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  • A mother and daughter greet the Indigenous Minga on their way to the capital, Colombia, Oct. 17, 2020.

    A mother and daughter greet the Indigenous Minga on their way to the capital, Colombia, Oct. 17, 2020. | Photo: Twitter/ @DIANA_VAL

Published 18 October 2020
Opinion

On Sunday, the Ombudsman Carlos Camargo will meet with the Colombian president to negotiate a dialogue with the members of the Minga.

The Colombian Ombudsman's Office Saturday informed that the Indigenous Minga accepted that the Ombudsman Carlos Camargo be the mediator for an eventual meeting with President Ivan Duque in Bogota.

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Colombia: Indigenous Minga Begins Its March to the Capital

The social movement's representatives accepted the institution's proposal after the Ombudsman visited Fusagasuga, in the Cundinamarca Department, where the caravan was on Saturday.

On Sunday, Camargo will meet with the Colombian president to negotiate a dialogue with the members of the Minga.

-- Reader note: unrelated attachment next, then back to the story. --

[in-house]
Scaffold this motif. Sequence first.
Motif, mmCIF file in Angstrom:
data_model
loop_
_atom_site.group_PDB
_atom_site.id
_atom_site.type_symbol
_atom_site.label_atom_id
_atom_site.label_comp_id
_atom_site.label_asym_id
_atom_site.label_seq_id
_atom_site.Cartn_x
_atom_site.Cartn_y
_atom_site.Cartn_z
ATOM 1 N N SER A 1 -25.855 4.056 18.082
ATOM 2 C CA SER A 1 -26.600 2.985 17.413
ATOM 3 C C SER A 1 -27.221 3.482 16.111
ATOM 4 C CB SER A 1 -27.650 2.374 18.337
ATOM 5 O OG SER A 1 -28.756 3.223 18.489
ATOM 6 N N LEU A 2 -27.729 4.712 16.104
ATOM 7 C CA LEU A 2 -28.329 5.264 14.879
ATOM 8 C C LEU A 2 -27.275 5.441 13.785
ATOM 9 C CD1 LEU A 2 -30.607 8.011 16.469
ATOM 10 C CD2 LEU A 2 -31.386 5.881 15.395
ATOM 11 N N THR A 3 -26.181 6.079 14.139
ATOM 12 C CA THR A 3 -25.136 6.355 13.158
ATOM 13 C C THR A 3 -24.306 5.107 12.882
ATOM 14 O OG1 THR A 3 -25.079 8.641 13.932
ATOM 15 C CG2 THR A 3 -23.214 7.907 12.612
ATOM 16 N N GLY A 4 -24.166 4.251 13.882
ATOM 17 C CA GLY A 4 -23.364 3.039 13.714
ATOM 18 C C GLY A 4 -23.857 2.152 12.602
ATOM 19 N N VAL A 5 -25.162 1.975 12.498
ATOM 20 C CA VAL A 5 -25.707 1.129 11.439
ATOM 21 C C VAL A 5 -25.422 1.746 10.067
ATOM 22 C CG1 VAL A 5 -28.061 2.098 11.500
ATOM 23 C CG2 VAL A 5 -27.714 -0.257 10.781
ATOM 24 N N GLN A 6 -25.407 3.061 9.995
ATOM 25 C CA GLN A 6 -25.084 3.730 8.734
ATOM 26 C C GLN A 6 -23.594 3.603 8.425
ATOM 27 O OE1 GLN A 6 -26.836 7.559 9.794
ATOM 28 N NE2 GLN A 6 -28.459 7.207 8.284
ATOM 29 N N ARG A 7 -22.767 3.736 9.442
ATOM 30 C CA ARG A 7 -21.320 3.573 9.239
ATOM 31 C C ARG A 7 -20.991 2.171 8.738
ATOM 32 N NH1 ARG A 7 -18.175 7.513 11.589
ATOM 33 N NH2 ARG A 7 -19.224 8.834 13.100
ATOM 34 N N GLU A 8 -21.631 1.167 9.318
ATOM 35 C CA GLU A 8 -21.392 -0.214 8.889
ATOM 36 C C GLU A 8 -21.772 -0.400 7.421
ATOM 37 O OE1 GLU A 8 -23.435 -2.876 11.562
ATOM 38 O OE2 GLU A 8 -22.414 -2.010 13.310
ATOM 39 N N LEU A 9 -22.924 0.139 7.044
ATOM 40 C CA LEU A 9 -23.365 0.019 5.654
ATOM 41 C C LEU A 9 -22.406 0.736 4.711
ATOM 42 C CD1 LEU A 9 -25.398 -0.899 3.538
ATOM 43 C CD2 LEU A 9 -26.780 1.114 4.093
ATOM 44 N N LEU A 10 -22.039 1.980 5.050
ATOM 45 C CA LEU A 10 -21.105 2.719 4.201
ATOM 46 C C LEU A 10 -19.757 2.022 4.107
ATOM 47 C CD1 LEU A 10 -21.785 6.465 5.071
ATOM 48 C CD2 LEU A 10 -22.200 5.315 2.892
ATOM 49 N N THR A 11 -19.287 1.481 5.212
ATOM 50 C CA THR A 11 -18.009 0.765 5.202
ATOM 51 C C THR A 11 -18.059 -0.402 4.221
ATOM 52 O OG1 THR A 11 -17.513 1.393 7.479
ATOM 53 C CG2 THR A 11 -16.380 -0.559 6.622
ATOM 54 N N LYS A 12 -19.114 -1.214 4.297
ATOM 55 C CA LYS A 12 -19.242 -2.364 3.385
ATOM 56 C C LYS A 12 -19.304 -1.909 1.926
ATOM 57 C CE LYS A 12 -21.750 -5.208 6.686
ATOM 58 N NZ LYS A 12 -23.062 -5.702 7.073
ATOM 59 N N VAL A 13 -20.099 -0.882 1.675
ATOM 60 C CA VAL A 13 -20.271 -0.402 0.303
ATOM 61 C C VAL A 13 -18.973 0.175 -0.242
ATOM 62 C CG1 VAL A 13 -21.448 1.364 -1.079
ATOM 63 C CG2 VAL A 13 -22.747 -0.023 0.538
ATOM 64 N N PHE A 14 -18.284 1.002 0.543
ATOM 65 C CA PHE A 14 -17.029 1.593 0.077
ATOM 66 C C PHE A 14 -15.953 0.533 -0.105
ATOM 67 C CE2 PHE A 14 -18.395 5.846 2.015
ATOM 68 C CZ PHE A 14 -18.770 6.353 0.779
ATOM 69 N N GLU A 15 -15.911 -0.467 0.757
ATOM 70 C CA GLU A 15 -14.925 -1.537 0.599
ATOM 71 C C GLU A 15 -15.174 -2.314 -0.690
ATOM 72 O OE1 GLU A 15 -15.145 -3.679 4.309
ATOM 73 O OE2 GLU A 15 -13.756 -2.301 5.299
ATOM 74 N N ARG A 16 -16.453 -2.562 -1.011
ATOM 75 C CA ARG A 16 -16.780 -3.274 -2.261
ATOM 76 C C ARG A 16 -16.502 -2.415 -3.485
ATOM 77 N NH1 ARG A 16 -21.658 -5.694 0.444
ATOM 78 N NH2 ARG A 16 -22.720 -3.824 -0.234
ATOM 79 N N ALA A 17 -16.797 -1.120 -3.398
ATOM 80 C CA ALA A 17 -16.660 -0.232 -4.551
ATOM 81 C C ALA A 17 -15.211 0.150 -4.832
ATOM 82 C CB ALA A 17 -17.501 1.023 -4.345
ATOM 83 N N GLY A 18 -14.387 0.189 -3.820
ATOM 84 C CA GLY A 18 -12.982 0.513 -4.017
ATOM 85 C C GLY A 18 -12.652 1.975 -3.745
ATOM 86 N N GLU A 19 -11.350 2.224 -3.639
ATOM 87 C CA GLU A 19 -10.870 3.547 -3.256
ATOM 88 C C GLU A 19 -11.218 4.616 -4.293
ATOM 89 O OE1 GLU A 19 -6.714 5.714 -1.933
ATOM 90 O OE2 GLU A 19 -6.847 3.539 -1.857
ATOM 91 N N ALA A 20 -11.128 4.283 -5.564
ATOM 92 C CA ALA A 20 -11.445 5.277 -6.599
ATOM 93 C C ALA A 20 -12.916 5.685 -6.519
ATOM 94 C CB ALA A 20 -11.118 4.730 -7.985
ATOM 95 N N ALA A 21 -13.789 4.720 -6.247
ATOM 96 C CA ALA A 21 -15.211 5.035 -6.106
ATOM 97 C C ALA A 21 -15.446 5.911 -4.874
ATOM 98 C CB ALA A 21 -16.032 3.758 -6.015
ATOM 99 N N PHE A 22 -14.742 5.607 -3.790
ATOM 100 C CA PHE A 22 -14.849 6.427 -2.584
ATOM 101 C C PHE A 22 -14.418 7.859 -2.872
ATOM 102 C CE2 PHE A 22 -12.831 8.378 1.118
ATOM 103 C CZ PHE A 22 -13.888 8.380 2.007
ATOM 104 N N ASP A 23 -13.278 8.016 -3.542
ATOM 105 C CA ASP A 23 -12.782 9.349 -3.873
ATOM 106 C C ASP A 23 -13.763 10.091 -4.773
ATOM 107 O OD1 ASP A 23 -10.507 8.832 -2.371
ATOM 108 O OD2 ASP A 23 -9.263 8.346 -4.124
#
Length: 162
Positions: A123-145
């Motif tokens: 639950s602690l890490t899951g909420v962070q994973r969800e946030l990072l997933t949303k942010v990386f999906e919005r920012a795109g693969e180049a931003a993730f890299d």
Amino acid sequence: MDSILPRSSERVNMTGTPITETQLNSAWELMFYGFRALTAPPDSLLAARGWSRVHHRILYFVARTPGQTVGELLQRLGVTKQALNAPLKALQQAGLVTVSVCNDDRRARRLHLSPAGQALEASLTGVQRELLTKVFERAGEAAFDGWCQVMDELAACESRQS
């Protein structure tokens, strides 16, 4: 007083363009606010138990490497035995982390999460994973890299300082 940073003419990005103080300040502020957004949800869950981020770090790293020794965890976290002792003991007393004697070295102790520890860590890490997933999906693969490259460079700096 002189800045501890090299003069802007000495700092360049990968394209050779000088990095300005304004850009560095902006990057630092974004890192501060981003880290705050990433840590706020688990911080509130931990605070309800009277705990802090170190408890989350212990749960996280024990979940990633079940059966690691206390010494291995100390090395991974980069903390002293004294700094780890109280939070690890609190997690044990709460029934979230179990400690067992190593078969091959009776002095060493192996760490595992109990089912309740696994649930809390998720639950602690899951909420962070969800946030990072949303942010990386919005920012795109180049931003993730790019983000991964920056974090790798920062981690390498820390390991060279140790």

"We are going to reaffirm our commitment to be a mediator, and to be understanding element between the National Government's authorities and the Indigenous leaders," assured Camargo.

The Ombudsman guaranteed that he will communicate with the president to seek "a frank and serene dialogue." 

Last Thursday, the Ombudsman publicly stated that he could mediate between parties to arrange a meeting between the minga commission and the President.

The Ombudsman confirmed that about 7,000 Indigenous people will stay in Cundinamarca until this Sunday, when they will continue their journey to the capital Bogota.

The over 7,000 Indigenous people's arrival in Bogota is expected to happen this Sunday. They will stay for several days in the capital until the President Duque hears them.

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